100% of all people from outside of Egypt who have visited the yacht and project have accepted to join the project in one form or another (including Bed_Trim who made many positive comments about the lines and construction of the yacht whist in Alexandria) . However, as per any company in any country, in order for a project to succeed it needs the right management team that is able to execute. Egypt like most countries has its own set of challenges and in order to succeed the right team needs to be selected. I did not feel Gavin was able to meet these challenges.

    To clarify the specific points mentioned in Gavin’s (Red_Trim) posting:

    1) Of course the yacht is part finished otherwise we would not need to advertise for a Project Manager or Interior Designer ;-)

    2) It is correct the current yacht is wooden with fibreglass finish. As per the posting this is a prototype to prove the concept (the most beneficial material for this purpose in Egypt). The production models will not be wood. I am more than happy to send a photograph of the actual yacht to seriously interested parties. The exterior structure is complete with some internal build. The current Yachts is approximately 50% complete.

    3) Gavin is correct that there is no production facility as per Canadian standards at this moment, as he was and all is aware. The current yacht is being built in a secure $30,000 USD/ month “patch of dirt” in Alexandria owned and secured by the Egyptian Navy and is the premier location for such activity in the area. Please visit for the “patch of dirt” in which the yacht is located. However, ‘patch of dirt’ is a relative term and indeed Gavin also describes the whole of Alexandria and Egypt in general as a ‘patch of dirt’ and hence one of the main reasons for me declining to accept his offer to join the project even though he accepted the position based on having to ‘escape’ from Egypt for 2 weeks every 4 weeks. This combined with his inability to be able to commit to a joining date even after a month of visiting Alexandria. If it takes months to know how long it takes to get your own house in order (consisting of one single person), how is it possible to project manager the completion of a 40m yacht – never mind the future proposed production facility?).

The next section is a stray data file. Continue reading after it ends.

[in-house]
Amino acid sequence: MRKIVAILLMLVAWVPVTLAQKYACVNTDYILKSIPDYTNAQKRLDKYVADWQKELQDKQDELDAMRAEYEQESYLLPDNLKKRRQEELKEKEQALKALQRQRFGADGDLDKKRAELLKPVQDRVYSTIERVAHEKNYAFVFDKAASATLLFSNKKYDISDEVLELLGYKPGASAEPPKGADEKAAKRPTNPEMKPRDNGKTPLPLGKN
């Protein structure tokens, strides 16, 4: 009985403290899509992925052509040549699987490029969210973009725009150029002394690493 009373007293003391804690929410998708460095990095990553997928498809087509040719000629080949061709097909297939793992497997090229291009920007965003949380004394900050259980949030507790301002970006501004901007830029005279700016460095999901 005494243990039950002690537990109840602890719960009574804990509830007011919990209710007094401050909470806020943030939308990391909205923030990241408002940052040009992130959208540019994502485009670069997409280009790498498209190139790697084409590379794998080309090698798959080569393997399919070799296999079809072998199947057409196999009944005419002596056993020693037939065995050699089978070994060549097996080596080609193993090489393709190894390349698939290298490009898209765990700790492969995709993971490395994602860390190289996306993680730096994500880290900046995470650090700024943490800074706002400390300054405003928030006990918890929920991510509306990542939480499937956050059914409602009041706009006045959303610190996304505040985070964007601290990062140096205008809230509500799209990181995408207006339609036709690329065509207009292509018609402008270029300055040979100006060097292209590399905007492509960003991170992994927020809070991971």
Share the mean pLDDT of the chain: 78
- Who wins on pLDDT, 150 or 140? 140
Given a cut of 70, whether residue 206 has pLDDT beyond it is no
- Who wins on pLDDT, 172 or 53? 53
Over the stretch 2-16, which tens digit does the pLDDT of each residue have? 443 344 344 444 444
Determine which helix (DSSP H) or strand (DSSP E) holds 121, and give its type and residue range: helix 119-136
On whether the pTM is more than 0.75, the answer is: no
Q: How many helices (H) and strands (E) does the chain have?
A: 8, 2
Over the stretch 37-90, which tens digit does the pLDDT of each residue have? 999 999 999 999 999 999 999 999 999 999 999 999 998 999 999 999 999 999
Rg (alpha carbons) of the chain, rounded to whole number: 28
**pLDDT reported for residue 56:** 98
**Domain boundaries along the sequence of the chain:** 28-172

4) As mentioned in the original posting – this is a prototype with full bespoke scalable and modular production facility being designed from the ground up to maximise production efficiencies and economies of scale specific to our deign of yacht. At the current moment an extremely large water front 300,000 sqm site has been found for this purpose, sale agreed with owner and currently in the planning approval stage (which will take a many months because of the scale of the proposed facilities). However, as with any business there are inherent risks involved and nothing is 100% guaranteed.

    5) Gavin is aware that no “equipment has been seized’ within the context he implies. However, about $150,000 worth of equipment was stolen whilst it was stored outside the secure yard.

    6) As regards “expected to enter on a tourist visa and work illegally”. We do not employ foreigners in Egypt illegally. However, it is true to say that things are done differently here with tax/bonus structure unfamiliar to the west and things do take a bit longer for certain things, but in many respects it is actually simpler to employ foreigners in Egypt than many countries due to Egypt Labour Law automatically permitting a company to employ up to 10% of its labour as foreigners provided you are able to prove 5 years of experience in your position. We will however request that you initially enter on a tourist visa to speed up this process (normal practice). The tourist visa takes less than 5 minutes on arrival at the airport.

    7) The company in Egypt is totally legitimate entity with Egyptian Investment Authority approval status and its activity periodically overseen by them. The Yacht’s Hull has been GL certified (German classification) and is currently being approved by HRS (Greek Classification and part of IACS)